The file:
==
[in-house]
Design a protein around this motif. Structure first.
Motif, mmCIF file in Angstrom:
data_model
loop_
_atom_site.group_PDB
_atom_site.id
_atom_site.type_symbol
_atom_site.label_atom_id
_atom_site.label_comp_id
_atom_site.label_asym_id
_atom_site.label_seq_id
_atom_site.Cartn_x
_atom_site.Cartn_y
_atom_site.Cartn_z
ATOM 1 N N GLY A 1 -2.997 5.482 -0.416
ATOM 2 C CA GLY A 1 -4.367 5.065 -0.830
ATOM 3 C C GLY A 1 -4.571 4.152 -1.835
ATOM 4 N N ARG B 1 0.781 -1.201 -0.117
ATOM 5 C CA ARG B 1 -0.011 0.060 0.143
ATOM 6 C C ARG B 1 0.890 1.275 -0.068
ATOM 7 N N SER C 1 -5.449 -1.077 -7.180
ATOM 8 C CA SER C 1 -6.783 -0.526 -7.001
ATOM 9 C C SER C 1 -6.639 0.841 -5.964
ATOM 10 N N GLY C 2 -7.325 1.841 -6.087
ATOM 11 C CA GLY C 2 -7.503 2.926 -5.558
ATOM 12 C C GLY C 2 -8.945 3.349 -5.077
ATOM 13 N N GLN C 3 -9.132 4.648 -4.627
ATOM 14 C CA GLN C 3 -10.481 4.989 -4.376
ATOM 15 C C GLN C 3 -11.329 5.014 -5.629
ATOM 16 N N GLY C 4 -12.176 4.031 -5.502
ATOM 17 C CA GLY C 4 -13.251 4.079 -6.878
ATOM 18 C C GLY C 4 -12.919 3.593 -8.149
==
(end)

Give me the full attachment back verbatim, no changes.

[in-house]
Design a protein around this motif. Structure first.
Motif, mmCIF file in Angstrom:
data_model
loop_
_atom_site.group_PDB
_atom_site.id
_atom_site.type_symbol
_atom_site.label_atom_id
_atom_site.label_comp_id
_atom_site.label_asym_id
_atom_site.label_seq_id
_atom_site.Cartn_x
_atom_site.Cartn_y
_atom_site.Cartn_z
ATOM 1 N N GLY A 1 -2.997 5.482 -0.416
ATOM 2 C CA GLY A 1 -4.367 5.065 -0.830
ATOM 3 C C GLY A 1 -4.571 4.152 -1.835
ATOM 4 N N ARG B 1 0.781 -1.201 -0.117
ATOM 5 C CA ARG B 1 -0.011 0.060 0.143
ATOM 6 C C ARG B 1 0.890 1.275 -0.068
ATOM 7 N N SER C 1 -5.449 -1.077 -7.180
ATOM 8 C CA SER C 1 -6.783 -0.526 -7.001
ATOM 9 C C SER C 1 -6.639 0.841 -5.964
ATOM 10 N N GLY C 2 -7.325 1.841 -6.087
ATOM 11 C CA GLY C 2 -7.503 2.926 -5.558
ATOM 12 C C GLY C 2 -8.945 3.349 -5.077
ATOM 13 N N GLN C 3 -9.132 4.648 -4.627
ATOM 14 C CA GLN C 3 -10.481 4.989 -4.376
ATOM 15 C C GLN C 3 -11.329 5.014 -5.629
ATOM 16 N N GLY C 4 -12.176 4.031 -5.502
ATOM 17 C CA GLY C 4 -13.251 4.079 -6.878
ATOM 18 C C GLY C 4 -12.919 3.593 -8.149